Grade 1,ii rare Grade iii 25-35% Grade iv 65-75% Cerebral oedema most common cause of death.
In america ALFSG index used which includes patient gcs,bilrubin,inr,sr phosphorus,and sr M30 (ELISA based marker of apoptosis)..Limited use as M30 not available everywhere.Better prognostic indicator than KCC.
Improved mortality due to orthoptic liver transplant and better critical care. Research difficult due to rare and heterogenous nature with rapidly progressive course but result from application of other research e.g from cerebral edema management has improved mortality.
Reduces IL 17 levels in Non paracetamol ALF pts. In pcm overdose replinishes glutathione stores and detoxifies NAPQ1 highly reactive,toxic metabolite of paracetamol overdose.
Most common cause of death-cerebral oedema.
20_25% deaths in ALF due to intracranial hypertention and BS herniation. HE four compatible theories
Cerebral vasomotor dysfunction Oedema secondary to ammonia toxicity Inflammation due to SIRS putative benzodiazepine-like molecules
Complication rate with ICP monitor 3.8%,fatal haemorrhage 1%
Common organisms growing klebsiella oxy, VRE, Enterococcus faecium.
Prophylactic antibiotics for greatest risk pts as mentioned above.
Acute liver failure in icu
Acute Liver failure
Case…Thursday evening call from AnE
Mr C.E. 56 Year old male.
Presenting complaint of
Background history, liver transplant 8yrs ago with
normal liver functions untill 20 days back.
Definition of Liver failure
“The abrupt loss of hepatocellular function in a patient
with previously normal liver function, the expression of
which includes coagulopathy and encephalopathy.”
AASLD…“Evidence of a coagulation abnormality
(INR>1.5) and mental alteration (encephalopathy) in a
patient without pre-existing cirrhosis and with an illness
of <26wks duration”
Death of a mass of hepatocytes.
Loss of vital synthetic and metabolic hepatic functions.
Sterile inflammatory condition leading to SIRS.
Aim of management is to halt progression from hepatic
impairment to MODS.
If under 35 years of age
Ceruloplasmin, Serum & urine copper
Anti HAV IgM
Anti HBc IgM/ Anti HBsAg
Autoimmune markers – ANA, ASMA, Ig levels
Amylase & lipase
•May improve circulatory function and oxygen delivery
•No improvement in overall survival but significant improvement in
transplant-free survival with encephalopathy grade 1-2.
Time to NAC administration important
Time in hrs Mortality (%)
•Now generally recommended for all patients with ALF
When to pick up the phone in
Any rise in INR
Good ICU housekeeping
Stress ulcer prophylaxis
No DVT prophylaxis
Blood glucose management
Electrolytes like phosphate and magnesium.
No correction of coagulopathy
Severe Vasodilatory shock
Optimise cardiac filling pressures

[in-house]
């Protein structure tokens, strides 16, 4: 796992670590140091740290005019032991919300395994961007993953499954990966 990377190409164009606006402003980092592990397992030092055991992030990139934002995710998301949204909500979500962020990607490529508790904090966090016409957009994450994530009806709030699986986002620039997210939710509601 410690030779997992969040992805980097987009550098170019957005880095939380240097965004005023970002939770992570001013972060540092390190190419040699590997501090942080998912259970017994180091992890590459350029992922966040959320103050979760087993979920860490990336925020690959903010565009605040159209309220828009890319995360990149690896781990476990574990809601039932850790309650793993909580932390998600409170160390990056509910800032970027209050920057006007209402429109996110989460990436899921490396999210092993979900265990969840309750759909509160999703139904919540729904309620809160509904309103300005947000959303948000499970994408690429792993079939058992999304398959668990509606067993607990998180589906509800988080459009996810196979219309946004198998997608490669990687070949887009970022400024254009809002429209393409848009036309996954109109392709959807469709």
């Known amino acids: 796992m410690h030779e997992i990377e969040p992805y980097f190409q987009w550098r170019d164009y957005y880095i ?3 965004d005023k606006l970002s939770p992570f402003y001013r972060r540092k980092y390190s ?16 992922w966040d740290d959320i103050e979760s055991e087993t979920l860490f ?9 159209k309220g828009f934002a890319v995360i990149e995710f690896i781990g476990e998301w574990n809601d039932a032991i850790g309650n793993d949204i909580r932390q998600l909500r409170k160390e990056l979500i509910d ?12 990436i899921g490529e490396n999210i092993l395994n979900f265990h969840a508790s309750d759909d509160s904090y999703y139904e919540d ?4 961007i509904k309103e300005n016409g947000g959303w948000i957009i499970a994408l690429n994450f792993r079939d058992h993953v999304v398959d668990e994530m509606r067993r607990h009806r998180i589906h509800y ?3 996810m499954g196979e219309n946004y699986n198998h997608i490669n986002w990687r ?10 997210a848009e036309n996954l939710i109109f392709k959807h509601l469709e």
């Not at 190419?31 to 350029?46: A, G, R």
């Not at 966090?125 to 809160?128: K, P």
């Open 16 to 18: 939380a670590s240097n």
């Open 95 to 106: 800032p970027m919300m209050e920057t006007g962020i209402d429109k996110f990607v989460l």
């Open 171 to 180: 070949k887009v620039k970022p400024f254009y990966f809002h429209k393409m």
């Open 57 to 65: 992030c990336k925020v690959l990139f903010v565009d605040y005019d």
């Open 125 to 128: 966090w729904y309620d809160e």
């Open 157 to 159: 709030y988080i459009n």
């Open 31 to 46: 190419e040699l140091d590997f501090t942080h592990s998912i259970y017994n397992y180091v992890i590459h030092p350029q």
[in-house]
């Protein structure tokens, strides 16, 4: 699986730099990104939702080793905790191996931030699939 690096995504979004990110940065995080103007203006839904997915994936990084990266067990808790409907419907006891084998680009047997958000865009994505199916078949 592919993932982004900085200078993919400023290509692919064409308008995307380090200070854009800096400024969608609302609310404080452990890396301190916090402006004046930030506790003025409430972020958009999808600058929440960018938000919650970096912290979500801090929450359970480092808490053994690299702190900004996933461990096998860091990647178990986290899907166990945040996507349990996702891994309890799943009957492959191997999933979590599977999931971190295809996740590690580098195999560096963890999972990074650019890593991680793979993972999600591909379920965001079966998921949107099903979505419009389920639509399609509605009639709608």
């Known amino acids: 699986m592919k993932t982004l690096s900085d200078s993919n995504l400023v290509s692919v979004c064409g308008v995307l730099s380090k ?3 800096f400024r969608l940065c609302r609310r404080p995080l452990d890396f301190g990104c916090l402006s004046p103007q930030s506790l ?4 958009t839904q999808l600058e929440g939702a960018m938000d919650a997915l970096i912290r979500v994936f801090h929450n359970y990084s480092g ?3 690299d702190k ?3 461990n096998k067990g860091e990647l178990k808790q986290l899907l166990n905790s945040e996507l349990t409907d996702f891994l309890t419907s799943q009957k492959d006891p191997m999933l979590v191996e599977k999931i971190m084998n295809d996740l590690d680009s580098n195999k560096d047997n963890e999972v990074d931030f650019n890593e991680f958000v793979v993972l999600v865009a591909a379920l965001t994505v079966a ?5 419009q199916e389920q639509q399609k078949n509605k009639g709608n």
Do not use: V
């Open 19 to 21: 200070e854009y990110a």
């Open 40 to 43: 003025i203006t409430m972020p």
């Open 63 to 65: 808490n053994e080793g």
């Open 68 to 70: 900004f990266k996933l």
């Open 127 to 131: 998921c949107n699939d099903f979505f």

–Haemodynamics can be challenging to determine given
the disruptive effects of liver failure on the vasculature
Saline challenge, albumin.
Avoid if possible
Propofol/Remifentanyl is reasonable
–Elective intubation once in grade 3 encephalopathy
Rapid intubation technique
–Avoid spikes in ICP or decreased CPP
–Commonest site of sepsis
Acute lung injury/ARDS
–In one third of patients
Renal failure in 50%
Particularly common with paracetamol overdose
–Liver and renal metabolites
Maintenance of blood pressure
Prevention/treatment of sepsis
Judicious selection of drugs
Early use of renal replacement therapy
–Before fluid problems aggravate cardiovascular status and
–Better ammonia level management
Complications of acute liver failure
Two principles in management of
Raised ICP management
1st line Mannitol
2nd line Hyperventillation to PaCO2 25-35mmhg
3rd line Hypertonic saline, Hypothermia
4th line Barbiturates, Anticonvulsants
Other considerations Transplantation, total
•Infection is near-universal
–Failing liver results in failed host defences
–Infection precipitates MOSF, cerebral oedema
–Frequent cause of death
–Bacterial and fungal
–Gram negative organisms (52%) more frequent than
Gram-positive organisms (44%) and Candida Infection
Minimize invasive procedures, strict asepsis
Daily chest radiograph and surveillance cultures
Empiric broad spectrum antibiotics for those patients
at greatest risk:
–Grade 3-4 encephalopathy
–Any component of SIRS
–Planned transplantation (includes antifungals)
Increased INR present by definition
Thrombocytopenia present in up to 70%
TEG is reassuring
Is there bleeding diathesis?
Significant bleeding is uncommon: 5%
–Anticoagulant proteins decrease in parallel with coagulation
–Spontaneous intracranial haemorrhage is rare
Less clinically-significant bleeding may occur from several
Invasive procedures offer the greatest risk
Correcting coagulopathy before
Correction itself carries risks
–Aggravation of ICP
–Transfusion-related acute lung injury
–Thromboembolism (particularly with recombinant Factor
Commonly used goal of INR <1.5 untested, lacks scientific
Correction obscures underlying trends in INR which are
Correcting coagulopathy before
FFP not encouraged except to correct coagulopathy before invasive procedure
–Effect modest, short-lived
–Does not improve survival
Recombinant activated Factor VII
MARS.. Extracorporeal support, dialysis against albumin.
CRRT against albumin.
Accepted Indications Absolute contraindications
Acute Liver Failure Brainstem herniation
Decompensated cirrhosis with
Severe intracranial hypertention
Hepatocellular criteria with Milan
unstability,requiring high dose
Hilar cholangiocarcinoma Uncontrolled infection
Hepatopulmonary syndrome Multiorgan failure
Portopulmonary hypertention Current/Recent extrahepatic
malignancy unless tumour
Primary hyperoxaluria Untrated alcoholism/Drug use
Cystic fibrosis with liver
Severe uncontrolled mood